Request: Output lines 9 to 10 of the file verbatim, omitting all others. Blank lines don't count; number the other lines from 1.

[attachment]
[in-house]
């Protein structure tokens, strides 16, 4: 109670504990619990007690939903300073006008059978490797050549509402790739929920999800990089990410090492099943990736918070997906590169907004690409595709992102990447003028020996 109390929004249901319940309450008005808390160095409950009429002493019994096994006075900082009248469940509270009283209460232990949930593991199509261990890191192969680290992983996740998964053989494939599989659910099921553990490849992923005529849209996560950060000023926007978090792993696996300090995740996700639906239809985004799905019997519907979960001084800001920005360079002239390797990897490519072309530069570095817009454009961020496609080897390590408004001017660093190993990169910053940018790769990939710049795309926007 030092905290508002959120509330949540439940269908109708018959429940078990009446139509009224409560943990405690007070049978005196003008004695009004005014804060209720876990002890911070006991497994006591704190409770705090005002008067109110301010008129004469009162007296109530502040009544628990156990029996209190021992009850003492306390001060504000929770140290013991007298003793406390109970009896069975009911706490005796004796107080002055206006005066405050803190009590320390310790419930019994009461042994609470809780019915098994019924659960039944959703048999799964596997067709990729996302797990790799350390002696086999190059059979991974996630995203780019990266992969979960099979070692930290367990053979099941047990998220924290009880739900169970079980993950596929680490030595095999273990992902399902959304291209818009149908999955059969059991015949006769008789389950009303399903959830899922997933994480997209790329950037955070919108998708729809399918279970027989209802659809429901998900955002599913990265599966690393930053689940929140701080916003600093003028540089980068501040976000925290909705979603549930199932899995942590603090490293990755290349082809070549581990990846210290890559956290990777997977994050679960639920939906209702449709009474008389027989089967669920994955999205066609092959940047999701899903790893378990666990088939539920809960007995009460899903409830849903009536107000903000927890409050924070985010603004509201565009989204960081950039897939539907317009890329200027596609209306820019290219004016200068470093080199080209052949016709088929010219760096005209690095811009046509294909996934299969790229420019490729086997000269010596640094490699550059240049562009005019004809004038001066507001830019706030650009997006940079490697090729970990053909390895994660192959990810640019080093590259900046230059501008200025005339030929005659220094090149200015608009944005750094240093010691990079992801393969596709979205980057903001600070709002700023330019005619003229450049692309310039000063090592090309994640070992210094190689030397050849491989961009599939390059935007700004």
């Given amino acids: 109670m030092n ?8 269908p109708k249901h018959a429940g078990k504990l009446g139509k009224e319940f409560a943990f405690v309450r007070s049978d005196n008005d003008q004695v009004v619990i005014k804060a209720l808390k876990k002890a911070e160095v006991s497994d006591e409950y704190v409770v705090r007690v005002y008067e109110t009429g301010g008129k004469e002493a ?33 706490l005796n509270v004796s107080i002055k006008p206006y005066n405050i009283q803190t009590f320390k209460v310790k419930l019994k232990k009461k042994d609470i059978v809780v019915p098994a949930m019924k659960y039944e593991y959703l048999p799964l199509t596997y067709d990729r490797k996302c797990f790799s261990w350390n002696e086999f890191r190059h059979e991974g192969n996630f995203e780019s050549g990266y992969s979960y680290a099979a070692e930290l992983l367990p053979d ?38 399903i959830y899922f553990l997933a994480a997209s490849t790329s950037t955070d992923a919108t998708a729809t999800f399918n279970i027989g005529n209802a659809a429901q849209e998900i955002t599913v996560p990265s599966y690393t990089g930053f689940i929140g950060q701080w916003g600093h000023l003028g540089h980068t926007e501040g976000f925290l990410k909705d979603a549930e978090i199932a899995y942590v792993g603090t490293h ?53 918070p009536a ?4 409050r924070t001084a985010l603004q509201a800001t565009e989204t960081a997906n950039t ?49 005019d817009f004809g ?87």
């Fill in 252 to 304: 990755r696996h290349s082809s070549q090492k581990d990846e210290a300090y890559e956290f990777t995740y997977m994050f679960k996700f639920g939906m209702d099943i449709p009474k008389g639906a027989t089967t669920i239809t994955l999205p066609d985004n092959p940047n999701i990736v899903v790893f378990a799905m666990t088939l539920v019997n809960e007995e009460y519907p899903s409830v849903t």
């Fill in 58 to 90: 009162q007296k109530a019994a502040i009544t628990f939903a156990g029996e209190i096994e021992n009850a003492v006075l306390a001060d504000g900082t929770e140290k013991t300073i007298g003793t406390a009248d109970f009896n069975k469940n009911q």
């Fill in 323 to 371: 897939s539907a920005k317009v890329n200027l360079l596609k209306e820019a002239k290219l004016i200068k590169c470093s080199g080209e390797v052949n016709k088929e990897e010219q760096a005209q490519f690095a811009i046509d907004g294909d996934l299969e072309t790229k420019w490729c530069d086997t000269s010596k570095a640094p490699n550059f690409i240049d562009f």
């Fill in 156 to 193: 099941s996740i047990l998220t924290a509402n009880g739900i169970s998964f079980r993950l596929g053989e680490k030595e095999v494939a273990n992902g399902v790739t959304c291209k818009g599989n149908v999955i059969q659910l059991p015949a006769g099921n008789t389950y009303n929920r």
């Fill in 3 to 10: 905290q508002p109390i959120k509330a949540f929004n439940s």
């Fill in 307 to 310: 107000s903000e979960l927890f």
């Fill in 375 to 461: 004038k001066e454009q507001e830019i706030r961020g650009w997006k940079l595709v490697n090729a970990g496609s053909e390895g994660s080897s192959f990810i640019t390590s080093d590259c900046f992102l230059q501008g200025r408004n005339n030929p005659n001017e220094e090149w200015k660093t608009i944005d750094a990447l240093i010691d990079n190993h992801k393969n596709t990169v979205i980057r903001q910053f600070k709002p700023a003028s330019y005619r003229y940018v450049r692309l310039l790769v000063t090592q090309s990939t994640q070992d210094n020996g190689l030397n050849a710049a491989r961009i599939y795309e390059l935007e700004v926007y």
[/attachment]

């Fill in 307 to 310: 107000s903000e979960l927890f």
């Fill in 375 to 461: 004038k001066e454009q507001e830019i706030r961020g650009w997006k940079l595709v490697n090729a970990g496609s053909e390895g994660s080897s192959f990810i640019t390590s080093d590259c900046f992102l230059q501008g200025r408004n005339n030929p005659n001017e220094e090149w200015k660093t608009i944005d750094a990447l240093i010691d990079n190993h992801k393969n596709t990169v979205i980057r903001q910053f600070k709002p700023a003028s330019y005619r003229y940018v450049r692309l310039l790769v000063t090592q090309s990939t994640q070992d210094n020996g190689l030397n050849a710049a491989r961009i599939y795309e390059l935007e700004v926007y």